Comparison of Methods for Computation and Cumulation of Effect Sizes in Meta-Analysis

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This study examined the statistical consequences of employing various methods of computing and cumulating effect sizes in meta-analysis. Six methods of computing effect size, and three techniques for combining study outcomes, were compared. Effect size metrics were calculated with one-group and pooled standardizing denominators, corrected for bias and for unreliability of measurement, and weighted by sample size and by sample variance. Cumulating techniques employed as units of analysis the effect size, the study, and an average study effect. In order to determine whether outcomes might vary with the size of the meta-analysis, mean effect sizes were also compared for two ... continued below

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v, 103 leaves : ill.

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Ronco, Sharron L. (Sharron Lee) December 1987.

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  • Ronco, Sharron L. (Sharron Lee)

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This study examined the statistical consequences of employing various methods of computing and cumulating effect sizes in meta-analysis. Six methods of computing effect size, and three techniques for combining study outcomes, were compared. Effect size metrics were calculated with one-group and pooled standardizing denominators, corrected for bias and for unreliability of measurement, and weighted by sample size and by sample variance. Cumulating techniques employed as units of analysis the effect size, the study, and an average study effect. In order to determine whether outcomes might vary with the size of the meta-analysis, mean effect sizes were also compared for two smaller subsets of studies.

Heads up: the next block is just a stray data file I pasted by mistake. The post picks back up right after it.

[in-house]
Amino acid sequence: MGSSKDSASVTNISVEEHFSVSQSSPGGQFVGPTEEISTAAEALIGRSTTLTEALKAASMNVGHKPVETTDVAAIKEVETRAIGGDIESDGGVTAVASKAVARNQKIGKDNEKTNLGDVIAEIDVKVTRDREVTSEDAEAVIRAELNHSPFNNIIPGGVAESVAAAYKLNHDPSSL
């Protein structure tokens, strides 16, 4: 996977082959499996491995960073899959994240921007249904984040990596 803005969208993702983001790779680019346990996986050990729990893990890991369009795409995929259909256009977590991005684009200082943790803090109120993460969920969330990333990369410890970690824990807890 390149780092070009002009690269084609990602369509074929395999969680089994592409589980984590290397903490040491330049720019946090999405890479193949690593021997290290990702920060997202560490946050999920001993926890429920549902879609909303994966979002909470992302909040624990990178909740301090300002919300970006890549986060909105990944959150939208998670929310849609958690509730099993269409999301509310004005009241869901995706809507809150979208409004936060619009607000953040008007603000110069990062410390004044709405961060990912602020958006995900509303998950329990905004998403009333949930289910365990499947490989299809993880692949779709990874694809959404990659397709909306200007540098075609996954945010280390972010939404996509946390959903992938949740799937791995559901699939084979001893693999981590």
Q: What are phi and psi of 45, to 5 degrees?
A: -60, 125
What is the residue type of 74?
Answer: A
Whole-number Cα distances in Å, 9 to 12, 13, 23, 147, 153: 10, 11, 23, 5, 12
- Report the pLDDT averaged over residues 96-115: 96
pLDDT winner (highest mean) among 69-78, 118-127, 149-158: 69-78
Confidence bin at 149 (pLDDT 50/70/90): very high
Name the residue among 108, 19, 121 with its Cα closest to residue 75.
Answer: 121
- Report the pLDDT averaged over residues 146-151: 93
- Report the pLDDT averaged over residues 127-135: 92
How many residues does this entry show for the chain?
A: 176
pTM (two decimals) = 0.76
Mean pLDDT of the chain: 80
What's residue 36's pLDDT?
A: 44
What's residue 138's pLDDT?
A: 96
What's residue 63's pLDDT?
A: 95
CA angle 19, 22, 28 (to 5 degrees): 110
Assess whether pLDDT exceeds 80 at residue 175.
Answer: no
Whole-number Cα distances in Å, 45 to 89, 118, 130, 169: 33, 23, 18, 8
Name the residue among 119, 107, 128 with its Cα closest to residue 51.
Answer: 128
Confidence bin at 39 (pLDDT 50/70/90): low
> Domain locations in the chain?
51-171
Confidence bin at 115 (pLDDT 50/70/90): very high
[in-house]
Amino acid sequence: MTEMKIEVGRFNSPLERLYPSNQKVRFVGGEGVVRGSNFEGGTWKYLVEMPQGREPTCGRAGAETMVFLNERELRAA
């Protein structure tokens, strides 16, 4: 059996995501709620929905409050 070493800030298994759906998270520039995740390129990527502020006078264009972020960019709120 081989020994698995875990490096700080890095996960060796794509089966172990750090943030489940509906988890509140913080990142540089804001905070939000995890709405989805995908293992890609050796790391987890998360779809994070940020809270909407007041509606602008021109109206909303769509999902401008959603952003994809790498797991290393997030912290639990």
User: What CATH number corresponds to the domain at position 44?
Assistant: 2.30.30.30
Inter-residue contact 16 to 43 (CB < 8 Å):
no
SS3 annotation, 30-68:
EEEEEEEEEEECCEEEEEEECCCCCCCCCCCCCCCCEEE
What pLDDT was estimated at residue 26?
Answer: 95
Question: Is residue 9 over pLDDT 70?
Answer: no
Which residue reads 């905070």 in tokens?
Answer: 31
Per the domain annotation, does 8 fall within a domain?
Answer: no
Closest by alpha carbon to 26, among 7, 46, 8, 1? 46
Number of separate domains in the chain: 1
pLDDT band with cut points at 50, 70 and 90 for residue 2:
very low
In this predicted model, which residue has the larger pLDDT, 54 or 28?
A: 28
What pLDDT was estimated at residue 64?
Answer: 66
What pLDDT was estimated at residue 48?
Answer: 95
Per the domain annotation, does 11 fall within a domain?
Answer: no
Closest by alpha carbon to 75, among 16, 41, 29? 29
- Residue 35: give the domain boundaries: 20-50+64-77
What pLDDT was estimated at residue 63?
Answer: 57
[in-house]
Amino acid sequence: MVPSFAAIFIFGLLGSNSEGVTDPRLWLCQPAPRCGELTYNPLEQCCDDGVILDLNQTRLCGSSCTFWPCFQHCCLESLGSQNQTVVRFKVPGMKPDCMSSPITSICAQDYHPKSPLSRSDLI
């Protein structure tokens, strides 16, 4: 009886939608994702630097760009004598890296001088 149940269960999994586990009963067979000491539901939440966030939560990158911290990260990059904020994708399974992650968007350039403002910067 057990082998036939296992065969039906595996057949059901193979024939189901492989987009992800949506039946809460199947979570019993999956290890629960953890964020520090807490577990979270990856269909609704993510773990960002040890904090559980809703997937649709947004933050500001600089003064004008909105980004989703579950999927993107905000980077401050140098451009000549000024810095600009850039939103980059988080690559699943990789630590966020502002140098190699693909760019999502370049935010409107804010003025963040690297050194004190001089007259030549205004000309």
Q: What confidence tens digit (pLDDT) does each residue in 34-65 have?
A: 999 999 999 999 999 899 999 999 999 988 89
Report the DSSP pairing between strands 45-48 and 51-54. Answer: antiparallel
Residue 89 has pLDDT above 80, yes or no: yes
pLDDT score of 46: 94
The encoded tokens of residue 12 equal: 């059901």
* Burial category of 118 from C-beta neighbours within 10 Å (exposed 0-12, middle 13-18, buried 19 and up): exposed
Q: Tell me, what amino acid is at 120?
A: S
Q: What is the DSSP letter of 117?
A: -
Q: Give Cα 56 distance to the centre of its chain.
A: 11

An existing meta-analysis of 60 studies examining the effectiveness of computer-based instruction was used as a data base for this investigation. Recomputation of the original study data under the six different effect size formulas showed no significant difference among the metrics. Maintaining the independence of the data by using only one effect size per study, whether a single or averaged effect, produced a higher mean effect size than averaging all effect sizes together, although the difference did not reach statistical significance. The sampling distribution of effect size means approached that of the population of 60 studies for subsets consisting of 40 studies, but not for subsets of 20 studies.
Results of this study indicated that the researcher may choose any of the methods for effect size calculation or cumulation without fear of biasing the outcome of the metaanalysis. If weighted effect sizes are to be used, care must be taken to avoid giving undue influence to studies which may have large sample sizes, but not necessarily be the most meaningful, theoretically representative, or elegantly designed. It is important for the researcher to locate all relevant studies on the topic under investigation, since selective or even random sampling may bias the results of small meta-analyses.

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v, 103 leaves : ill.

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  • Accession or Local Control No: 1002715260-Ronco
  • Library of Congress Control Number: 379 N81d no.2797
  • UNT Catalog No.: b1418299 | External Link
  • Archival Resource Key: ark:/67531/metadc331655

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  • December 1987

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  • Aug. 22, 2014, 6 p.m.

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  • Dec. 14, 2015, 12:51 p.m.

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Ronco, Sharron L. (Sharron Lee). Comparison of Methods for Computation and Cumulation of Effect Sizes in Meta-Analysis, dissertation, December 1987; Denton, Texas. (digital.library.unt.edu/ark:/67531/metadc331655/: accessed September 23, 2017), University of North Texas Libraries, Digital Library, digital.library.unt.edu; .